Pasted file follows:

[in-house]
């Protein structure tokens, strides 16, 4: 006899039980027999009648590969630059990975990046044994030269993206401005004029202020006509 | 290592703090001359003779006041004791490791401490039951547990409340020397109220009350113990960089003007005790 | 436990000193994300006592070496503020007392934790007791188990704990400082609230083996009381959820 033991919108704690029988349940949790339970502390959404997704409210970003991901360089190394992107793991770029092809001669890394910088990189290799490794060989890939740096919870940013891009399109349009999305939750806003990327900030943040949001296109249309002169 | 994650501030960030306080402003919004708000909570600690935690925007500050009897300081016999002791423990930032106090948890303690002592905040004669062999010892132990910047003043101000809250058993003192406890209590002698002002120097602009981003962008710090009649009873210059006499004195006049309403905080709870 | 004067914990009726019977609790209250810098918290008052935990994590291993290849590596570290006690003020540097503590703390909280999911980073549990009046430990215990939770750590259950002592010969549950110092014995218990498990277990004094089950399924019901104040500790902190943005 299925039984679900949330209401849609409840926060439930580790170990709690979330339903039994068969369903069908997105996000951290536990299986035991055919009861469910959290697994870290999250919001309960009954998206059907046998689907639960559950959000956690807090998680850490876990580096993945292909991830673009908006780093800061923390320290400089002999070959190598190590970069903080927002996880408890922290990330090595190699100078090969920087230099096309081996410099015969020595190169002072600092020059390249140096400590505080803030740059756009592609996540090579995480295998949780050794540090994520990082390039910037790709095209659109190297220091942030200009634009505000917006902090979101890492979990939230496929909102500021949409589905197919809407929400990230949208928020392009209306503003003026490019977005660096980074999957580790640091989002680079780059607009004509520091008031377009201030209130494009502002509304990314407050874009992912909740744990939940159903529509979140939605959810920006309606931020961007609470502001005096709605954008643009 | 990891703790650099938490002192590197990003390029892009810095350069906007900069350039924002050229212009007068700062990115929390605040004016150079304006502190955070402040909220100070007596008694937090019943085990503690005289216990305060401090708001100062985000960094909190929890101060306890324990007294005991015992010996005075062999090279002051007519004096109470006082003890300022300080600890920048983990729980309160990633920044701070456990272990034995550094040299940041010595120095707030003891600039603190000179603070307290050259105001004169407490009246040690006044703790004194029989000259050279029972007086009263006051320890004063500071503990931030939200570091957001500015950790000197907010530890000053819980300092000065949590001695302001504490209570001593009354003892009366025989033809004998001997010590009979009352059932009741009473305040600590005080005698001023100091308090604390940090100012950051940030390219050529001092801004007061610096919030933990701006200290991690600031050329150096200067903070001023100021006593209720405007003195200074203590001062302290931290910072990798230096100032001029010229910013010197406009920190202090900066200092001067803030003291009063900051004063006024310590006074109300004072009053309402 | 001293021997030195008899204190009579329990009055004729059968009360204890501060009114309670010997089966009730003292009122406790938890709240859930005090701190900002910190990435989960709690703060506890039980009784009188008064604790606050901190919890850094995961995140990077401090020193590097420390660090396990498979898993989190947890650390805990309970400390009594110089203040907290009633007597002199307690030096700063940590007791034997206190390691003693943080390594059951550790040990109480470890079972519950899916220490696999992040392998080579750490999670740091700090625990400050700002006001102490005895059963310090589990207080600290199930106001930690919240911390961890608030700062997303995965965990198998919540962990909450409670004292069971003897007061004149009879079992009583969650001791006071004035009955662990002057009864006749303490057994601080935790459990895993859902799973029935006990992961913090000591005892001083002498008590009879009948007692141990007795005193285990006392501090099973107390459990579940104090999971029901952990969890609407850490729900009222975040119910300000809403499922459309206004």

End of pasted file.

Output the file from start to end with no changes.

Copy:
[in-house]
């Protein structure tokens, strides 16, 4: 006899039980027999009648590969630059990975990046044994030269993206401005004029202020006509 | 290592703090001359003779006041004791490791401490039951547990409340020397109220009350113990960089003007005790 | 436990000193994300006592070496503020007392934790007791188990704990400082609230083996009381959820 033991919108704690029988349940949790339970502390959404997704409210970003991901360089190394992107793991770029092809001669890394910088990189290799490794060989890939740096919870940013891009399109349009999305939750806003990327900030943040949001296109249309002169 | 994650501030960030306080402003919004708000909570600690935690925007500050009897300081016999002791423990930032106090948890303690002592905040004669062999010892132990910047003043101000809250058993003192406890209590002698002002120097602009981003962008710090009649009873210059006499004195006049309403905080709870 | 004067914990009726019977609790209250810098918290008052935990994590291993290849590596570290006690003020540097503590703390909280999911980073549990009046430990215990939770750590259950002592010969549950110092014995218990498990277990004094089950399924019901104040500790902190943005 299925039984679900949330209401849609409840926060439930580790170990709690979330339903039994068969369903069908997105996000951290536990299986035991055919009861469910959290697994870290999250919001309960009954998206059907046998689907639960559950959000956690807090998680850490876990580096993945292909991830673009908006780093800061923390320290400089002999070959190598190590970069903080927002996880408890922290990330090595190699100078090969920087230099096309081996410099015969020595190169002072600092020059390249140096400590505080803030740059756009592609996540090579995480295998949780050794540090994520990082390039910037790709095209659109190297220091942030200009634009505000917006902090979101890492979990939230496929909102500021949409589905197919809407929400990230949208928020392009209306503003003026490019977005660096980074999957580790640091989002680079780059607009004509520091008031377009201030209130494009502002509304990314407050874009992912909740744990939940159903529509979140939605959810920006309606931020961007609470502001005096709605954008643009 | 990891703790650099938490002192590197990003390029892009810095350069906007900069350039924002050229212009007068700062990115929390605040004016150079304006502190955070402040909220100070007596008694937090019943085990503690005289216990305060401090708001100062985000960094909190929890101060306890324990007294005991015992010996005075062999090279002051007519004096109470006082003890300022300080600890920048983990729980309160990633920044701070456990272990034995550094040299940041010595120095707030003891600039603190000179603070307290050259105001004169407490009246040690006044703790004194029989000259050279029972007086009263006051320890004063500071503990931030939200570091957001500015950790000197907010530890000053819980300092000065949590001695302001504490209570001593009354003892009366025989033809004998001997010590009979009352059932009741009473305040600590005080005698001023100091308090604390940090100012950051940030390219050529001092801004007061610096919030933990701006200290991690600031050329150096200067903070001023100021006593209720405007003195200074203590001062302290931290910072990798230096100032001029010229910013010197406009920190202090900066200092001067803030003291009063900051004063006024310590006074109300004072009053309402 | 001293021997030195008899204190009579329990009055004729059968009360204890501060009114309670010997089966009730003292009122406790938890709240859930005090701190900002910190990435989960709690703060506890039980009784009188008064604790606050901190919890850094995961995140990077401090020193590097420390660090396990498979898993989190947890650390805990309970400390009594110089203040907290009633007597002199307690030096700063940590007791034997206190390691003693943080390594059951550790040990109480470890079972519950899916220490696999992040392998080579750490999670740091700090625990400050700002006001102490005895059963310090589990207080600290199930106001930690919240911390961890608030700062997303995965965990198998919540962990909450409670004292069971003897007061004149009879079992009583969650001791006071004035009955662990002057009864006749303490057994601080935790459990895993859902799973029935006990992961913090000591005892001083002498008590009879009948007692141990007795005193285990006392501090099973107390459990579940104090999971029901952990969890609407850490729900009222975040119910300000809403499922459309206004």